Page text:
Like most service providers, financial advisers want to know what their customers think. But there’s a right and wrong way to ask.
Soliciting feedback is inherently personal. So it’s ironic that so many advisers rely on impersonal forms of communication to do so. For instance, prompting clients to take an online survey has limited benefit. They may ignore the request, especially if they get an auto-generated email or text. If they do respond, resentment can set in if they never hear back about their comments.
Moreover, in their eagerness to gather input, advisers tend to fall into traps. For starters, they conduct surveys once a year rather than seek comments more frequently. They may also spend so much time crafting specific questions and satisfaction scales (1-to-5 ranking? 1-to-10 score?) that they stoke impatience among respondents who simply want to provide unfiltered input about what’s top of mind for them. Worst of all, advisers may treat the survey as a thinly disguised effort to get referrals (“Would you recommend us to friends?”), which can backfire if clients suspect that’s its real purpose.
Of course, there’s nothing wrong with urging satisfied clients to spread the word. But there are more creative ways to go about it. Don Todd, a certified financial planner in Tampa, Fla., sought to build visibility for his firm. So he asked clients to critique his practice using Google Reviews. “The way we marketed before Covid, when we’d network in the community and meet with centers of influence, is not available to us now,” Todd said. “We needed to build our online presence.”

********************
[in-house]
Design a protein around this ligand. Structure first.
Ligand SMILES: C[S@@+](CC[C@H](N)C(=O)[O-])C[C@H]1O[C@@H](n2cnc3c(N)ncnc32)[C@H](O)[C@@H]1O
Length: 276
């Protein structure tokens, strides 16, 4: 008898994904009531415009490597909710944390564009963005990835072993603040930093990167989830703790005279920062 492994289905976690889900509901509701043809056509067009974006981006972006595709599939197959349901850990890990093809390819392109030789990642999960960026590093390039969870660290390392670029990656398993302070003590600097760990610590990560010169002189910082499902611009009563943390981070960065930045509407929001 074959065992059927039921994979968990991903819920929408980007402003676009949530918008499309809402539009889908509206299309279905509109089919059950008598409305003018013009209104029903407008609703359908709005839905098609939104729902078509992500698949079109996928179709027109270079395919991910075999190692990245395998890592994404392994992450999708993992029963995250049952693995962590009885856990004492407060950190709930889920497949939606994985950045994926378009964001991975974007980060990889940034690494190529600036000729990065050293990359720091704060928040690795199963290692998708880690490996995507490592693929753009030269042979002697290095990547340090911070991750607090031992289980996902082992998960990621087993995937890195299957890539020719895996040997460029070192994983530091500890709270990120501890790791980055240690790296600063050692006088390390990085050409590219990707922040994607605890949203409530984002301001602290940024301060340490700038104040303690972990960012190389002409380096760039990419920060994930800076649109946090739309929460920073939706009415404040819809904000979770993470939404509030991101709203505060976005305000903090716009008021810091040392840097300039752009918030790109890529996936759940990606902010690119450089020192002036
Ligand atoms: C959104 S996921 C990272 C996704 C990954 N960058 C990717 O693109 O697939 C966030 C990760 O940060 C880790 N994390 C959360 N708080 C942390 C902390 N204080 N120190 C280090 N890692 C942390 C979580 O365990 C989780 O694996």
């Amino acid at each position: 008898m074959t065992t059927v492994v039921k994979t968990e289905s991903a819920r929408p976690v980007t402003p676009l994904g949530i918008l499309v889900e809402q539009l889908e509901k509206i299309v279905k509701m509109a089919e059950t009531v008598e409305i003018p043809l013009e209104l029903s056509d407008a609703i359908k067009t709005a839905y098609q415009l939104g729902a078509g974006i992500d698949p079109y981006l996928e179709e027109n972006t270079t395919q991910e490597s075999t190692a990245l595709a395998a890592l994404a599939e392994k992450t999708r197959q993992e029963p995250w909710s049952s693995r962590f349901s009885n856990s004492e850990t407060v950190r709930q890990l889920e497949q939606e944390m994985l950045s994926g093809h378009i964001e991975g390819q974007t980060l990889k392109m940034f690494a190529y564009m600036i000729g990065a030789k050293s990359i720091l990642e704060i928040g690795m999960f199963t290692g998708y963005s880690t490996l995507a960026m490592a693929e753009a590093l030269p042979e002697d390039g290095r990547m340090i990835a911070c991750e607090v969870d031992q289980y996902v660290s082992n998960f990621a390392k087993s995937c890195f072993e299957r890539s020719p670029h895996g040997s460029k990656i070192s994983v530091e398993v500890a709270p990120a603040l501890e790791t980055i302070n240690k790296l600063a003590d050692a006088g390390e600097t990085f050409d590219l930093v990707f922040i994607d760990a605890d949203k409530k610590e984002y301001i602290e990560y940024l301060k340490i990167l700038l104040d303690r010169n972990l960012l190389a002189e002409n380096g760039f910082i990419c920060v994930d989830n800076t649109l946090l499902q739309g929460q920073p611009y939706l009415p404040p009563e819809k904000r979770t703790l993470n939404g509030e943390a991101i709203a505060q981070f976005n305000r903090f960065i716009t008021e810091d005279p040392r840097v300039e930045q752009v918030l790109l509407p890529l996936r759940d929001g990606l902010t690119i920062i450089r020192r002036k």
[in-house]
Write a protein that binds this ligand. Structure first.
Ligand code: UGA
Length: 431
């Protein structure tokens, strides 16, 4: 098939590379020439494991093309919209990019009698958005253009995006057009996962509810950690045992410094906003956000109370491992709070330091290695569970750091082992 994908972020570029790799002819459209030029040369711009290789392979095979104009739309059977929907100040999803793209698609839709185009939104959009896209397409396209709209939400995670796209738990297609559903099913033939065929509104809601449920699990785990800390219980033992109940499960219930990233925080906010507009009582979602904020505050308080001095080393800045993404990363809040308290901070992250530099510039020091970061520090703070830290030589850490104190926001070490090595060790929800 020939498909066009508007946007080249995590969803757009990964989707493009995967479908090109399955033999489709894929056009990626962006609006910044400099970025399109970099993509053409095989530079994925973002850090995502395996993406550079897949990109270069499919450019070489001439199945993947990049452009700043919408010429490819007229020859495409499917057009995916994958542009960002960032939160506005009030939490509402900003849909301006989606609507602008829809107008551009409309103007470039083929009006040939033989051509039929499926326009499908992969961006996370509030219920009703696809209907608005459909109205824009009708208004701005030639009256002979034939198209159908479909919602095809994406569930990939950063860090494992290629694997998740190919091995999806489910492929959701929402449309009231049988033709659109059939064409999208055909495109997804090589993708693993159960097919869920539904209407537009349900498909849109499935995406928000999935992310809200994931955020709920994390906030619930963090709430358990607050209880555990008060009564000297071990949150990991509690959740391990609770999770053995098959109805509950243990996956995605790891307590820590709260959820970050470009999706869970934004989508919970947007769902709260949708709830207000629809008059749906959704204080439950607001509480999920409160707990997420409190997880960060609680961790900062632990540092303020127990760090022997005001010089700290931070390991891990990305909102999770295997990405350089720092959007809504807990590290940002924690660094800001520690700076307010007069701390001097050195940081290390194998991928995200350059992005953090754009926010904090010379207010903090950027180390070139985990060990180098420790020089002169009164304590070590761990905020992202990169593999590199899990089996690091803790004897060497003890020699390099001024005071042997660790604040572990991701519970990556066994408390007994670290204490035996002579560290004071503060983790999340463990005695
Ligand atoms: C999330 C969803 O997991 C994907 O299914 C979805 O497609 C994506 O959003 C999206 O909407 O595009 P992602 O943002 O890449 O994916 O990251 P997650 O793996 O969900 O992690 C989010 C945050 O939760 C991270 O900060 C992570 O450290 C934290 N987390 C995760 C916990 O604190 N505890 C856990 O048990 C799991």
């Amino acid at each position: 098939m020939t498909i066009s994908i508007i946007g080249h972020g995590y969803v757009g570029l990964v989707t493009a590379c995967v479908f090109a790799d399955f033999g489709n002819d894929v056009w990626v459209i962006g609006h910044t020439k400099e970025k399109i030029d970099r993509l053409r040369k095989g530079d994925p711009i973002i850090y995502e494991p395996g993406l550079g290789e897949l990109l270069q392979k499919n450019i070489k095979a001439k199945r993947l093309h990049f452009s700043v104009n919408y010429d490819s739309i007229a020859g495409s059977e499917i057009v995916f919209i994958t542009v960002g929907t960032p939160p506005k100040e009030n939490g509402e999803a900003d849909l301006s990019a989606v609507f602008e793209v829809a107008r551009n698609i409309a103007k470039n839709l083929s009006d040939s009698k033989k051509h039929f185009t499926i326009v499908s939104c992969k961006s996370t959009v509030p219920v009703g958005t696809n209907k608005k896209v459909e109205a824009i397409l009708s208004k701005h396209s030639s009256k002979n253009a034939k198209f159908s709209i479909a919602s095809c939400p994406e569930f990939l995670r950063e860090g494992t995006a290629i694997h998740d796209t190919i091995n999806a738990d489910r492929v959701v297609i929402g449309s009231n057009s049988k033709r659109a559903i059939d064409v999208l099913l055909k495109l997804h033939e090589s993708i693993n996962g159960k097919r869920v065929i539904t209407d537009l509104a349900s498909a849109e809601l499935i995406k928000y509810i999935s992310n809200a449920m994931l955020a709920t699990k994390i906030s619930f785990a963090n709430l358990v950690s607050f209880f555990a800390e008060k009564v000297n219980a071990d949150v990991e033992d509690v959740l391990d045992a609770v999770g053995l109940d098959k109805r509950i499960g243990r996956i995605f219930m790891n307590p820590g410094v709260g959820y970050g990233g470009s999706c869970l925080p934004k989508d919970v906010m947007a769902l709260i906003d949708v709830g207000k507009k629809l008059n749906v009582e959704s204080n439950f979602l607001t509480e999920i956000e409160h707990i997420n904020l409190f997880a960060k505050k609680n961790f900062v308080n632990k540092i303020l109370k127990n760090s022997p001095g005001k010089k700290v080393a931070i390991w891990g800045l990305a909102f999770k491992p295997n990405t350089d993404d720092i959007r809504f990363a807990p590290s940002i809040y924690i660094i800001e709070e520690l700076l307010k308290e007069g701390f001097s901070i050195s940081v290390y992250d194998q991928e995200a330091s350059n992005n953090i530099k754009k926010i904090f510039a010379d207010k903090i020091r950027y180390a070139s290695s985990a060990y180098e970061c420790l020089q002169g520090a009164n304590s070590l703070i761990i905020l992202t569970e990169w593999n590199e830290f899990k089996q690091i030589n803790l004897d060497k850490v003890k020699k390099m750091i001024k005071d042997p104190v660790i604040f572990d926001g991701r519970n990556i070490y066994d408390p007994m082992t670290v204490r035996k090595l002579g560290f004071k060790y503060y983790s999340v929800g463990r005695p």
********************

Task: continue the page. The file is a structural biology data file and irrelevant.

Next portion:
He estimates that more than 30% of the clients that he’s asked have followed through. Of the 21 reviews currently posted, all have given his firm five stars. “There’s some risk you’ll get negative feedback,” he said.
Because online reviews are generally not considered testimonials, they should not pose compliance headaches. As long as advisers do not taint the process (by, say, drafting suggested phrases for the client to post), they’re safe. But it’s still smart to get clearance from a compliance officer before proceeding.
As he intended, Todd has found that the feedback has doubled as a form of marketing. Recently, a friend referred a prospect to his firm. “The first thing [the prospect] did was read all the reviews,” Todd said.
In exploring the best way to collect honest customer feedback, a debate rages. Some insist that assuring a respondent’s anonymity encourages the most hard-hitting, revealing criticism. Others think that a more human appeal, by phone or in person, works better.
Jeff Bush, an adviser in Norristown, Pa., chose the latter approach. He began a series of conversations with about 50 of his clients, asking questions such as, “What’s it like working with us?” and “What do you value from an adviser?”
“The interviews, mostly by phone, lasted 15 to 20 minutes,” Bush said. “These were separate, dedicated information-gathering calls. I picked a cross-section of newer and longtime clients, some with a good relationship with us and others where we knew we could improve upon it.”
Bush has applied what he learned. For instance, he codified his service model into what he now calls “the seven pillars.” It’s a handy framework for educating others about the firm. “It’s a summary of all we do for clients,” he said. “We broke it down into seven categories such as wealth management, estate planning and philanthropy.”
In seeking feedback during one-on-one conversations, brace for impact. If the criticism stings, resist snap judgments; instead, ask for examples. And always express gratitude, even when the feedback stings.